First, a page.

From Green Right Now Reports
What's the best way to cut the cost of treating wastewater? How about using the treatment byproducts as fuel?
That was the creative solution implemented at the Budd Inlet Treatment Plant by the LOTT (Lacy, Olympia, Tumwater and Thurston County) Alliance in Washington State late last year. The renewable energy system, combined with an aeration blower retrofit currently underway, is expected to save LOTT more than $228,000 a year in utility costs.
The cogeneration system, expected to save nearly $180,000 a year in utility costs, enables the cogeneration plant to provide all of the heating required at the site as a “district heating” plant, eliminating the need to burn off excess digester gas and greatly reducing the emissions of the site. The blower retrofit, scheduled for completion in August, 2010, is expected to save more than $48,000 in utility costs for the LOTT Alliance.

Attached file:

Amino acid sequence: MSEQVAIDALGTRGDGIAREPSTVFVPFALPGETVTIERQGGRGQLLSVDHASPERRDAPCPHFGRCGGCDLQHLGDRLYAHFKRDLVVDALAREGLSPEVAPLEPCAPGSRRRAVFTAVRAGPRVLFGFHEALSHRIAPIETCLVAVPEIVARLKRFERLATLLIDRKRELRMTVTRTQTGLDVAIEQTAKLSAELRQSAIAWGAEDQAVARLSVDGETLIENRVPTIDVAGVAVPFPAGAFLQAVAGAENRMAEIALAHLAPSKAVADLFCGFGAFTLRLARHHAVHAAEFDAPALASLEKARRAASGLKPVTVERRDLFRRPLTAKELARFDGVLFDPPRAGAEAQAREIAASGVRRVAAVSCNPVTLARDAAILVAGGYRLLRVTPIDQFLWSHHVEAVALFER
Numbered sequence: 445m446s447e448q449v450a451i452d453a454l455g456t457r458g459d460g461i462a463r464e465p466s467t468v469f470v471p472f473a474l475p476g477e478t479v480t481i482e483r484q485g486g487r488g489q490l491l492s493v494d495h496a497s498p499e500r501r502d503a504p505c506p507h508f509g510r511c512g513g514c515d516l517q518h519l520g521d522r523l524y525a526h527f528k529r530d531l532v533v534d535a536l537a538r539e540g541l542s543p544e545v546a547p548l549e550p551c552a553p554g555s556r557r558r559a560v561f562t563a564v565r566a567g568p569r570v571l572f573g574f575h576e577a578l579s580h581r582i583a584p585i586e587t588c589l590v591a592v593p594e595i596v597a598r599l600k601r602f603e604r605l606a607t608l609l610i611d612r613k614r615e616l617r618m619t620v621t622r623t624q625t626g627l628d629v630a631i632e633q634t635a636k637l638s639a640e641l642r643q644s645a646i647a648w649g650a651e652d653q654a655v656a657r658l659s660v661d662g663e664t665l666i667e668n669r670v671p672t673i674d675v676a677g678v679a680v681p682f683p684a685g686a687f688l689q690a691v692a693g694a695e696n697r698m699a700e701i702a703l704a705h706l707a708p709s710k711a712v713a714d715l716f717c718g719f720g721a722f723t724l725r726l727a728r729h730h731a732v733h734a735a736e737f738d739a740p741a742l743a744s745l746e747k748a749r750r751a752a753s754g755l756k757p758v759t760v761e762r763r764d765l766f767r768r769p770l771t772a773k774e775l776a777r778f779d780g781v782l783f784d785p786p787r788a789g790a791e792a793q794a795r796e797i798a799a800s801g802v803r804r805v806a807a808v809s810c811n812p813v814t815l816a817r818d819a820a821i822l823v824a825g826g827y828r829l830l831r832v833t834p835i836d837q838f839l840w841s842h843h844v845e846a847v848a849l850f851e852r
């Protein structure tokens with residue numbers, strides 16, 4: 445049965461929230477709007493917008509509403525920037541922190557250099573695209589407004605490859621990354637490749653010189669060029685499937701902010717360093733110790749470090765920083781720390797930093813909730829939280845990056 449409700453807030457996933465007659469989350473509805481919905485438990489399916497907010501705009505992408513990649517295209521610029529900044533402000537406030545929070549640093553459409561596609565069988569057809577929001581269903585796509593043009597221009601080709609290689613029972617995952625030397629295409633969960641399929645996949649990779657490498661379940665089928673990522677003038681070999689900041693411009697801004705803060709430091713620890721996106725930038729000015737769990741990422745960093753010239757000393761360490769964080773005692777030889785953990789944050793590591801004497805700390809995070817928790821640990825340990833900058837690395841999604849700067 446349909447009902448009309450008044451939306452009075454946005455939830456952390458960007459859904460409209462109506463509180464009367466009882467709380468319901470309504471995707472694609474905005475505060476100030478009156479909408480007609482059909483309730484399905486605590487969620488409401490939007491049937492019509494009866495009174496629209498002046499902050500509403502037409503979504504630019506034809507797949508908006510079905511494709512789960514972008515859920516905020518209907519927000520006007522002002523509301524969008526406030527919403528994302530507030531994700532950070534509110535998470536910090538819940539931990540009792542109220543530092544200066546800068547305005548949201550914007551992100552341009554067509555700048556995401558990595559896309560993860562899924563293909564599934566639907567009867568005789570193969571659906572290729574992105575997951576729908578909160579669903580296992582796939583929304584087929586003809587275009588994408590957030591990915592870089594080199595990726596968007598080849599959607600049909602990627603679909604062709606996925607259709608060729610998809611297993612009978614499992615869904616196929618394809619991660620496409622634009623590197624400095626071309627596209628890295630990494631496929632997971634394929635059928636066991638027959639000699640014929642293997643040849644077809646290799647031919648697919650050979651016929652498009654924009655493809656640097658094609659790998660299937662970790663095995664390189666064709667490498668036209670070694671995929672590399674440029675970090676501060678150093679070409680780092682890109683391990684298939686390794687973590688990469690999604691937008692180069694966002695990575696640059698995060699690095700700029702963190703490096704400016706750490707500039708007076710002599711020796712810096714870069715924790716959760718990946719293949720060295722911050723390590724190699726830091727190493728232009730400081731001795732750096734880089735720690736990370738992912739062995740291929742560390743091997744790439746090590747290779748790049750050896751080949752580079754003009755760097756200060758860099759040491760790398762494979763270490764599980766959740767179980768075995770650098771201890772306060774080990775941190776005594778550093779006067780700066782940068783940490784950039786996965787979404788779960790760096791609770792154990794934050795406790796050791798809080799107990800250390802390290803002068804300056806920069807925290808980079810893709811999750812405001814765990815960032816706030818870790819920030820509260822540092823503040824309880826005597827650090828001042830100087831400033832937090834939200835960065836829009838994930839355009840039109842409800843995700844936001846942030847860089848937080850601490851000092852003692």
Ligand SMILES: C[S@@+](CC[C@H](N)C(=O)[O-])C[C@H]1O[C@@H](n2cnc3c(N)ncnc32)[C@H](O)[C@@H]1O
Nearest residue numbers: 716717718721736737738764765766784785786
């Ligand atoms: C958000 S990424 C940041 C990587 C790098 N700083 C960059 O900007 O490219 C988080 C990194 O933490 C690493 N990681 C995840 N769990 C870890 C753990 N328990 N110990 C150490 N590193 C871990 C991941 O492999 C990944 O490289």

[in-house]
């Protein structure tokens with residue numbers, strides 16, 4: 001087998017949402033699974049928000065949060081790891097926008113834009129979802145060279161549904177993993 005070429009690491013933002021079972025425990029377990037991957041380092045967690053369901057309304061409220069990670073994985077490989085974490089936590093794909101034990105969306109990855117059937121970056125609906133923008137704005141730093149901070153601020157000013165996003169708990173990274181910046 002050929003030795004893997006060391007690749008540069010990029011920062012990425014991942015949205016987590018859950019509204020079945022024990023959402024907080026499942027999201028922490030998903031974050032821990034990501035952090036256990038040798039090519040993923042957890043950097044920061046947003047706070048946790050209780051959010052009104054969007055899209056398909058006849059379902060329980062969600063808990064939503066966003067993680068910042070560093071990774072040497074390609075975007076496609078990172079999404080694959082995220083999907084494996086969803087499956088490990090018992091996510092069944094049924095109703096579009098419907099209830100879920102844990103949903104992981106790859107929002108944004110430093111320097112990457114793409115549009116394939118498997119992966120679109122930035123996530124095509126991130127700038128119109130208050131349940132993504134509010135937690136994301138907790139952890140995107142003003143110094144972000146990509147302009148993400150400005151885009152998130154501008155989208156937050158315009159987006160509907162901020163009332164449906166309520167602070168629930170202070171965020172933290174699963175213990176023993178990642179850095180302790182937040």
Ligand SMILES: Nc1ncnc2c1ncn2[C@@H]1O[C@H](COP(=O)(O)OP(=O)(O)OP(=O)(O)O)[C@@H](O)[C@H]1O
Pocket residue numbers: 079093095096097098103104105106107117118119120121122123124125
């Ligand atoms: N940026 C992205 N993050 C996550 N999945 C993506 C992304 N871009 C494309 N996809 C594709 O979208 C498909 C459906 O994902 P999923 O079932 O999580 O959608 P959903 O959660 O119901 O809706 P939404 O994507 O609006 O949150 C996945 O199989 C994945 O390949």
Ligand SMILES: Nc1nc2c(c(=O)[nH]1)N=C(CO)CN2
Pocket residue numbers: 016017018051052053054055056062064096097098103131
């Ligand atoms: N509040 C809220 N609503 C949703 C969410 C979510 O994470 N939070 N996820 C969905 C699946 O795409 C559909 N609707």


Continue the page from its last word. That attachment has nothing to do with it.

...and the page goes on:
LOTT’s cogeneration system converts methane gas to heat and energy for use in LOTT’s Regional Services Center, which will be completed in July, and for future use in the new Hands On Children’s Museum, which will be located next to the plant. The Regional Services Center houses the Water Education and Technology (WET) Center, an educational center for ages 10 and older, a water quality laboratory, and offices.
Puget Sound Energy provided a $1.7 million Energy Conservation Grant to install the cogeneration system.
As an innovative, renewable energy technology, the cogeneration system supports plans to earn LEED certification for the LOTT Regional Services Center and the new Hands On Children’s Museum.
“As a public wastewater treatment facility, responsible use of community resources represents the core of our work,” said Doug Mah, president of the LOTT Alliance board of directors and mayor of the City of Olympia. “We’re pleased that we can further our commitment to environmental stewardship with these improvements."